Mike Conley ‘Optimistic’ NBA Will Return This Summer
SALT LAKE CITY, Utah – After his championship performance in the NBA HORSE Challenge, Utah Jazz guard Mike Conley spoke for the first time publically about his life during the coronavirus outbreak. Conley spoke on his participation in the tournament, the feud between Rudy Gobert and Donovan Mitchell, and his optimism the NBA will return to finish its season this summer.
Broadcast over two nights, Conley defeated WNBA Hall of Famer Tamika Catchings, NBA legend Chauncey Billups, and current Chicago Bulls guard Zach LaVine to earn the title.
Conley, whose game is ambidextrous by nature knew he had a few tricks up his sleeve that would give him an advantage in the tournament.
“I play HORSE every day after every workout Conley said, “I play, during the summer when there isn’t any social distancing. I have a whole crew of people in the gym with me we will run two or three games right after we get done working out and we get really creative. I saved a lot of that, I didn’t show too much, but it’s a fun game to just let loose.”
Conley, who shoots left-handed, considers his right hand his dominant hand in most other aspects of his. When a competitor would get close, Conley knew he could turn to his off-hand to bail him out of a tight situation.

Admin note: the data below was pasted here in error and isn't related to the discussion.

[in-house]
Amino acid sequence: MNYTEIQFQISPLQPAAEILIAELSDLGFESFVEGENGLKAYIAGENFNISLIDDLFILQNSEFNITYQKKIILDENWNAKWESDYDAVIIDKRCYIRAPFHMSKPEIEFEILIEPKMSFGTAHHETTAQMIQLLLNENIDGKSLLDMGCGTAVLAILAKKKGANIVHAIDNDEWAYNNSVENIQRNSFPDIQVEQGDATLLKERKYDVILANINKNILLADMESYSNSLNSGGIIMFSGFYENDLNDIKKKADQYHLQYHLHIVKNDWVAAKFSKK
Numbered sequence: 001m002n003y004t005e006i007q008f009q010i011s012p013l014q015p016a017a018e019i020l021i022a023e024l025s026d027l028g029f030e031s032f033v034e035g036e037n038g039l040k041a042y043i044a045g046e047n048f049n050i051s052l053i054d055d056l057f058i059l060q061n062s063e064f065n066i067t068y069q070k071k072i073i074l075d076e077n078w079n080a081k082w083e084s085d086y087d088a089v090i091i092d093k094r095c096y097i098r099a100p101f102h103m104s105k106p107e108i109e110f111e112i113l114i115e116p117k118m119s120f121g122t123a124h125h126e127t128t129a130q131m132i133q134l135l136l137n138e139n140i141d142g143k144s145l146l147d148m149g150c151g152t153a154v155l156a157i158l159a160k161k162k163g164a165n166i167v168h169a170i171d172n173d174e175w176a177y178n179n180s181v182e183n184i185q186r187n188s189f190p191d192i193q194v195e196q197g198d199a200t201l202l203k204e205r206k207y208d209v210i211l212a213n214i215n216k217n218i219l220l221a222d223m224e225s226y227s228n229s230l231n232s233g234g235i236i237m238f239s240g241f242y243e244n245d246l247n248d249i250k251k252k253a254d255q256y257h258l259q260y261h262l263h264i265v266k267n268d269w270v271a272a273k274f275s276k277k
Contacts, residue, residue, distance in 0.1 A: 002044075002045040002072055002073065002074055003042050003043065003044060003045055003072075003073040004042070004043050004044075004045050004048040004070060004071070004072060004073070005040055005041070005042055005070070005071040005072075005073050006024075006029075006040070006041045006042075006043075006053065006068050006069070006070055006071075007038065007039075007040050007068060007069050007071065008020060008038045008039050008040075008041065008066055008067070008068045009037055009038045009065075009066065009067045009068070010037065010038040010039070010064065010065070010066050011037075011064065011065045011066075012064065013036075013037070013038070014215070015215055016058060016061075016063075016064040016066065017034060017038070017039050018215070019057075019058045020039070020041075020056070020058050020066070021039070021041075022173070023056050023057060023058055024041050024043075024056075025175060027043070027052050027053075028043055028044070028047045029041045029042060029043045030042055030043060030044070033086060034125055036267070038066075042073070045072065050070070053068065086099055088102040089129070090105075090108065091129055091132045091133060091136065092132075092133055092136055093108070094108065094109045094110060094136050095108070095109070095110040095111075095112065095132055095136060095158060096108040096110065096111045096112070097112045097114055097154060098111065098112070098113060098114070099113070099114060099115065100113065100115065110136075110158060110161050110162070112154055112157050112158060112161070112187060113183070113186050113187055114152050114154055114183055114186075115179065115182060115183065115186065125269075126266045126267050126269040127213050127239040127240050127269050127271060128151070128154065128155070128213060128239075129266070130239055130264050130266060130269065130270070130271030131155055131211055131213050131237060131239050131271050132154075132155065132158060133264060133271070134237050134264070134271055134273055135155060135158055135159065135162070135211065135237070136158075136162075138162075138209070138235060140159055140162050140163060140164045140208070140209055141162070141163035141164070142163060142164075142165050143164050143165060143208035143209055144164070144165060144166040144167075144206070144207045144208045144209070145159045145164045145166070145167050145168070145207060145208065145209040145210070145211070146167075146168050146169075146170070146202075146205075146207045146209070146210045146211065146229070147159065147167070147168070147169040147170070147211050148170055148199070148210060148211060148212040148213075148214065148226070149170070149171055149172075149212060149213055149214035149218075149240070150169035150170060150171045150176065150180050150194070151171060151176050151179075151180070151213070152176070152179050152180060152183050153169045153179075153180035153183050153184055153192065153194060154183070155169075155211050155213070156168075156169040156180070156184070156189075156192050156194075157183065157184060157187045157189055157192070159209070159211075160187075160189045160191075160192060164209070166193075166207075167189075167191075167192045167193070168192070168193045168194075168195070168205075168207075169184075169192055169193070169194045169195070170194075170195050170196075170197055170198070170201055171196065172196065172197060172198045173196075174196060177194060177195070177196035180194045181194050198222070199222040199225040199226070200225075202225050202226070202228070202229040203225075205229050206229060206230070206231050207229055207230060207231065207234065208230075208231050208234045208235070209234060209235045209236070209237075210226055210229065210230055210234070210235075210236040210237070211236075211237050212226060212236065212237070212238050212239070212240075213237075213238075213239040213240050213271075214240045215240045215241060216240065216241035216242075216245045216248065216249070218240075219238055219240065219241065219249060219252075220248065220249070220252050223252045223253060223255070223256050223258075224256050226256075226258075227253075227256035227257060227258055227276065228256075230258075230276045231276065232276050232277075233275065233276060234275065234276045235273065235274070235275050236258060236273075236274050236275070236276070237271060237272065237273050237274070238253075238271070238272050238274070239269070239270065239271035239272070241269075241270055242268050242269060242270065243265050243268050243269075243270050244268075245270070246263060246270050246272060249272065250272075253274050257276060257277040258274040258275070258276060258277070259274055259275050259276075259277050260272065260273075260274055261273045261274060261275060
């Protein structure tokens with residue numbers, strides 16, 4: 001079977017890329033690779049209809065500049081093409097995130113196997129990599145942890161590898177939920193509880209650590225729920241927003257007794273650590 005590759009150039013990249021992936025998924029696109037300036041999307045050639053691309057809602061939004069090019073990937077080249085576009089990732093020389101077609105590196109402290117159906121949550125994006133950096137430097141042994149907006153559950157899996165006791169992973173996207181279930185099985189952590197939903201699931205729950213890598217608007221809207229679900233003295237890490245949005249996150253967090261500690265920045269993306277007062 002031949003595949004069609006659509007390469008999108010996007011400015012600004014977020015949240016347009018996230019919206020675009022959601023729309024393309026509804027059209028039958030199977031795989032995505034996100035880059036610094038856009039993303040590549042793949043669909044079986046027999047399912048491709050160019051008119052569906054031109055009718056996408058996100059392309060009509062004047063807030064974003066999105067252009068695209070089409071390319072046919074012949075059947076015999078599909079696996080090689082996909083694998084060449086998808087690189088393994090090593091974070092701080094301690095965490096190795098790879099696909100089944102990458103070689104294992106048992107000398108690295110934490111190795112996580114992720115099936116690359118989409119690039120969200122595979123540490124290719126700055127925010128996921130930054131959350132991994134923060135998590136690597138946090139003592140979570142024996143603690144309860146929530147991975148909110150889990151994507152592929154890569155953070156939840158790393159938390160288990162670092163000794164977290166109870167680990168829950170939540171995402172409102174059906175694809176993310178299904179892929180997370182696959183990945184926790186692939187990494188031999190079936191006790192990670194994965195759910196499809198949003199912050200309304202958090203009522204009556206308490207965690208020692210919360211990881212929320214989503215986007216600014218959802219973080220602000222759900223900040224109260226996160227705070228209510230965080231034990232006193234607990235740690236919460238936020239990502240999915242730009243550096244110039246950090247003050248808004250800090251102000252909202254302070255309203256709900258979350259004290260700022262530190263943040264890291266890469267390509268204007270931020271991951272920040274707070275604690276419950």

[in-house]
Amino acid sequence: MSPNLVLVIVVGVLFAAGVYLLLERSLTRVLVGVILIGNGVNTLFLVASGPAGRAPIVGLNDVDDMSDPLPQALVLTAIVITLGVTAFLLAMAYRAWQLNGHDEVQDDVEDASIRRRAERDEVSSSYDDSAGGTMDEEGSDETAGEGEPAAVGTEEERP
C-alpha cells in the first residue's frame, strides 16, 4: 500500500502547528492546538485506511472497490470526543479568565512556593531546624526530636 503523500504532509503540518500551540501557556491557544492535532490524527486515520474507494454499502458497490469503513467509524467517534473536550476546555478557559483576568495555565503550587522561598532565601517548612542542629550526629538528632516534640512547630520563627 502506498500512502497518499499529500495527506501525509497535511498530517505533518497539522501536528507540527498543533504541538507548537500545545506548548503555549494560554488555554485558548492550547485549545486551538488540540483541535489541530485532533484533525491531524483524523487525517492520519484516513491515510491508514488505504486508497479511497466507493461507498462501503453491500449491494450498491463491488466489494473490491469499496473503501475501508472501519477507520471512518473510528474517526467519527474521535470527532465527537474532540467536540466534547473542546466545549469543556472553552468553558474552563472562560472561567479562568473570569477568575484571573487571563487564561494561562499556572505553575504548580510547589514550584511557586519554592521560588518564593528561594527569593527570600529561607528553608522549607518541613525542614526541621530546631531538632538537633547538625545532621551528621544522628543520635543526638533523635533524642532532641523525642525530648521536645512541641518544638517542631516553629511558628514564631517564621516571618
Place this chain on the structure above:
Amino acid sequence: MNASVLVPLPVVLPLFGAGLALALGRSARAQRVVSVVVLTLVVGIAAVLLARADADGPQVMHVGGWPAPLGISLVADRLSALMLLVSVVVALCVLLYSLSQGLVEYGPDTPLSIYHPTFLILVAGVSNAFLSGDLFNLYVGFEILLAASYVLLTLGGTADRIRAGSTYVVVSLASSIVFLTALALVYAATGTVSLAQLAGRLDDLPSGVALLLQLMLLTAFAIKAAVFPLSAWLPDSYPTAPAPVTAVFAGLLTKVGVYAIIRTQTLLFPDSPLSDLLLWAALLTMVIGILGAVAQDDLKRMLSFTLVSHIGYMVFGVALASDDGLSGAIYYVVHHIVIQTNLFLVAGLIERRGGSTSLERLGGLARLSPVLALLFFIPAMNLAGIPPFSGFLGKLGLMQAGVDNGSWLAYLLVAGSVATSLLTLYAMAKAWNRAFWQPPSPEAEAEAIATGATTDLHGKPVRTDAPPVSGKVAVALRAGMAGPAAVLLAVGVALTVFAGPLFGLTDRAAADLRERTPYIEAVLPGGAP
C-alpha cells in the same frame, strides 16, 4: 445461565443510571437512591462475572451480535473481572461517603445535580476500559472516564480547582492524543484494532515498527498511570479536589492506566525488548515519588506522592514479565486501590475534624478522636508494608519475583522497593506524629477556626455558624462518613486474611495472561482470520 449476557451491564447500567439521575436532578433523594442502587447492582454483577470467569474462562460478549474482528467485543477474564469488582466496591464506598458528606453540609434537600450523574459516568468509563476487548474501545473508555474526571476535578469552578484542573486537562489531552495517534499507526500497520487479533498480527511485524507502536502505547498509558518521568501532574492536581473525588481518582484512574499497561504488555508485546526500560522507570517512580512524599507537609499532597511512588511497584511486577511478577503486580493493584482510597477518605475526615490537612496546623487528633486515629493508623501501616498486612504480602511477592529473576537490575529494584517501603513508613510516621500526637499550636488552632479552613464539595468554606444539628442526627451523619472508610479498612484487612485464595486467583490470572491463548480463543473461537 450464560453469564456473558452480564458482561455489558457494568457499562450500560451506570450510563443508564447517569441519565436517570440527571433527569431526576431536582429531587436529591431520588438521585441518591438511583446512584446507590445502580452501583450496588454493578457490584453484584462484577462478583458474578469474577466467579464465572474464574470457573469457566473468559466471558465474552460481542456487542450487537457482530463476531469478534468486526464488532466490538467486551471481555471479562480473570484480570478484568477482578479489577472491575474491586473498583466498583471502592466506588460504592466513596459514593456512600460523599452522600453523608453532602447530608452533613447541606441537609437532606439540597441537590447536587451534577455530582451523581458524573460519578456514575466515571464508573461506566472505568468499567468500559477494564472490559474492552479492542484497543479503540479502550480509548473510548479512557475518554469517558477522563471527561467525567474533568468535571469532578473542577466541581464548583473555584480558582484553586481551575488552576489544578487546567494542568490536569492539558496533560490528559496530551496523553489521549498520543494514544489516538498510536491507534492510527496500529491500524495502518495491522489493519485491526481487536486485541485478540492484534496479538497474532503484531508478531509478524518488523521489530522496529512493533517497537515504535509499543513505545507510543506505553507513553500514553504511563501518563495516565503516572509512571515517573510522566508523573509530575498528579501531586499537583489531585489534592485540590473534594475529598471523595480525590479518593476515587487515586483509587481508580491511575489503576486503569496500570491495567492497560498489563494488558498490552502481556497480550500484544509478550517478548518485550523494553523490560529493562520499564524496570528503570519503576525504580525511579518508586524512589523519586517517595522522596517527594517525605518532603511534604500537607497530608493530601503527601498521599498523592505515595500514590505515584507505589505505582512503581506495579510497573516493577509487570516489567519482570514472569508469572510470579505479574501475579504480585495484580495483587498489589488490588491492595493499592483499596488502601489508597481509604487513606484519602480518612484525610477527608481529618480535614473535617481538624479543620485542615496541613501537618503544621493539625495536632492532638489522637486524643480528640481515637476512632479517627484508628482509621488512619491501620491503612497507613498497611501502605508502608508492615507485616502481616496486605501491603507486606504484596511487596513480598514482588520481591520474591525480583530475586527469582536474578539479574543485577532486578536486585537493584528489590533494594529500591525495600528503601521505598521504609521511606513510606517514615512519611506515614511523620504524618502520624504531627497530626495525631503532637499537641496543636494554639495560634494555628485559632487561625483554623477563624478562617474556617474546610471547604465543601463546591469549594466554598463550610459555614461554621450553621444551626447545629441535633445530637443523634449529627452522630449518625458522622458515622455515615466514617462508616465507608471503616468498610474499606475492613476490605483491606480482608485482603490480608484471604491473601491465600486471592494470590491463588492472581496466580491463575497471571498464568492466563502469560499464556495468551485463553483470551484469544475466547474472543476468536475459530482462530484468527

“I already had five or six go-to shots and I knew that probably nobody is going to be able to use their off-hand like I would,” Conley joked, “So I just used that to my advantage at any point I felt like I was getting pressured or pushed, I would just go to my right hand and shoot a three and feel comfortable again.”
Conley knocked off LaVine HO to HORSE to claim the title.
Working From Home
Like most Americans having to work from home, the Jazz have relied on Zoom and FaceTime to conduct team meetings. Conley said the team has been conducting weekly meetings, hosted by coach Quin Snyder to provide updates on the goals of the organization.
“We actually just had a meeting earlier today where we got to talk to each other,” Conley said of his teammates, “Coach gets to give us his spiel on different things he wants us to be doing or not doing whatever it may be. It’s been cool to just be able to see those guys on a weekly basis. We’ve had fun little dribbling challenges that one of the coaches started, we’ll crown a winner, stuff like that.”
The Jazz guard was able to show off his impressive home gym during the HORSE tournament, something he recognizes not every NBA is lucky enough to have in their backyard.
“I can only imagine how tough it is to not have touched the ball or shot a ball over the last month or so. We’re so used to being in a regiment or a routine and that gets broken up, it can really affect guys in different ways.” Conley said, “I am lucky and thankful to have a gym at my disposal right now and just being in there and trying to stay in shape and in rhythm as much as possible.”
When the team isn’t conducting video meetings, the players are still finding ways to connect.
“I’ve been playing Call of Duty with Royce [O’Neale] and Donovan [Mitchell] and those guys,” Conley shared, “Playing Monopoly with Ed Davis, trying to get Joe Ingles involved, just normal things.”
Rudy Gobert and Donovan Mitchell Feud
One of the most talked-about issues to emerge during the pandemic has been the feud between Jazz All-Stars Rudy Gobert and Donovan Mitchell. Mitchell has reportedly been frustrated with Gobert’s approach to the coronavirus in light of the teammates testing positive for the virus. Conley insisted that locker room feuds are nothing new in the NBA.